When Comet C/2013 A1 (Siding Spring) passed just 140,000 kilometers from Mars on 19th October 2014, depositing a large amount of debris in the Martian atmosphere, space agencies coordinated multiple spacecraft to witness the largest meteor shower in recorded history. It was a rare opportunity, as this kind of planetary event occurs only once every 100,000 years. – Source

Activehours raises $39 million for its new take on cash advances

Nine months after raising $22 million for its unique take on the cash-advance business, Activehours has gone back to the venture capital well and pulled out another $39 million in financing.
Led by Andreessen Horowitz, with participation from the company’s early-stage investors Matrix Partners, Ribbit Capital, and March Capital Partners, Activehours has managed to now raise nearly $65… Read More

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Big fat Stratolaunch plane tests all six of its engines

Remember the “Roc”? The awe-inspiring, gigantic carrier aircraft from Stratolaunch, the company owned by Microsoft cofounder Paul Allen?

SEE ALSO: Microsoft cofounder tweets a picture of his ginormous rocket-launching plane

Back in June, it was ready to make its first rollout for a series of tests, starting with fuel testing.

Well, this week the six-engine mothership completed its first round of engine testing, as tweeted by Allen:

Started up :

— Paul Allen (@PaulGAllen) …

More about Microsoft, Stratolaunch, Tech, and Innovations – Source

In one day, we saw two very different sides of esports

At the Barclays Center in Brooklyn, a team of Counter-Strike: Global Offensive players stands behind a giant stage, going over last-minute strategies before heading up on stage to play a semifinals match inside one of the biggest arenas in New York City.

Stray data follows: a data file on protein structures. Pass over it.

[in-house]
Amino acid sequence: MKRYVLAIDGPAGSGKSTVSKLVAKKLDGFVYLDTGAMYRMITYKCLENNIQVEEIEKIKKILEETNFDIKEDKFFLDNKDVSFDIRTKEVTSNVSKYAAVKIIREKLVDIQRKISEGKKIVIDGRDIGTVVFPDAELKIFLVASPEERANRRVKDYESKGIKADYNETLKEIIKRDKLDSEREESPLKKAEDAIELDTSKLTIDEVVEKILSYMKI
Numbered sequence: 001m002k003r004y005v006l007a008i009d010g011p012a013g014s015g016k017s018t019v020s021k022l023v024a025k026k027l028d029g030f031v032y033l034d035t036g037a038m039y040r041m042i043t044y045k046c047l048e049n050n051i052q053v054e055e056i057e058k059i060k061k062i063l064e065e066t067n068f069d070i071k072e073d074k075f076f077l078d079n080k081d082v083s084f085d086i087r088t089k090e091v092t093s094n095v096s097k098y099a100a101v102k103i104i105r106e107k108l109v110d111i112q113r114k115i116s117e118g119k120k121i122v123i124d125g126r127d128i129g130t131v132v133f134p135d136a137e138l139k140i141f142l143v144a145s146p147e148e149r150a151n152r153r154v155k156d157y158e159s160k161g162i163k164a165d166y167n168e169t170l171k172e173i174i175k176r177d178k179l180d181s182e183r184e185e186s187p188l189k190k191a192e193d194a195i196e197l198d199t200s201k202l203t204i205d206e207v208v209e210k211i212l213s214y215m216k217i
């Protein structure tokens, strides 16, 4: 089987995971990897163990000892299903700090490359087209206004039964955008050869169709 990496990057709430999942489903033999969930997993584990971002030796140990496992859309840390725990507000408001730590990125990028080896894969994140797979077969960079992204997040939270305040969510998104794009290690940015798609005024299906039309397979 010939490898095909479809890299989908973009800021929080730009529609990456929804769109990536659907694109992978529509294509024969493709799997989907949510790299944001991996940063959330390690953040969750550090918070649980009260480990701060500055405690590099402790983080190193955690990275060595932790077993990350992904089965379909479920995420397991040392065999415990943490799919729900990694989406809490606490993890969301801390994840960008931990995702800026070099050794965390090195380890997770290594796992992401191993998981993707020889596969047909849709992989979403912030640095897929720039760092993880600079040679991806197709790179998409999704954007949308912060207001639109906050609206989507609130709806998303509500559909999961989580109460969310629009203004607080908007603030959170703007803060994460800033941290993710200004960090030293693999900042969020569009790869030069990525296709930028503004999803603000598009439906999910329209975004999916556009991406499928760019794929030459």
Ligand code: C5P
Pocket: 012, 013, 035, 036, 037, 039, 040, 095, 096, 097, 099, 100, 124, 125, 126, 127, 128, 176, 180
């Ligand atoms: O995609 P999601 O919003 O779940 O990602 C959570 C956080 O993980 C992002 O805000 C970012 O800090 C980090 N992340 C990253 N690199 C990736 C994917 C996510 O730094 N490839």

Behind them sits a row of computers for practice, $400 gaming chairs, and a table stocked with bananas, granola bars, chips, and fruit gummies.

About 200 feet away in the bowels of the Barclays Center, a handful of the top Street Fighter V players in the world sit and stand among the crowd of fans, holding their fight sticks and controllers while waiting to be called up to compete in front of a crowd on fold-out chairs that take up about one half of the converted basketball practice court. Behind them is a nearly empty Red Bull refrigerator. …

More about Esports, Street Fighter, Counter Strike, Esl, and Csgo

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These are the best free apps for PlayStation VR

There aren’t many out there, but the free apps on Playstation VR are nothing to scoff at.

Sony launched PlayStation VR with a bang, including a ton of amazing games from nearly every genre. If you haven’t spent any time lurking through the PlayStation store since setting up your PlayStation VR, then you might not realize that there are a handful of free apps available for download right now. At the moment, the pickings are a bit slim, but that’s to be expected since we’re only a few short days past launch day. Well, don’t worry about searching through the PlayStation store because we’ve got the details on the best free apps on PlayStation VR.

at VR Heads

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No magic pill to cure alcohol dependence yet

A new study has found no reliable evidence for using nalmefene, naltrexone, acamprosate, baclofen or topiramate to control drinking in patients with alcohol dependence or alcohol use disorder. At best, some treatments showed low to medium efficacy in reducing drinking, but those findings were from studies with a high risk of bias. None demonstrated any benefit on health outcomes. – Source

Face filters come to Instagram Live

The next time you go live for your Instagram followers, you’ll be able to spice it up with some face filters.

The fun filters, stickers, and effects with which you bedeck your Instagram photos are now available for live video, Instagram has announced.

All you need to do is tap the face icon in the bottom right corner of your screen during your broadcast. Filter options will appear; tap one to see how it looks.

SEE ALSO: This couple had a tech-themed wedding that was super Instagram-worthy

Alongside the video functionality comes a new filter exclusively for live video: the “Sunglasses” face filter. The filter will place virtual sunglasses on your face with reflective lenses. Tap the lenses to change what’s reflected in them, and maybe trick your viewers into thinking you’re in a way cooler place than you are. …

More about Instagram, Smartphone, Smartphones, Live Video, and Smartphone Camera

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Co-founder Brian Fenty becomes CEO at TodayTix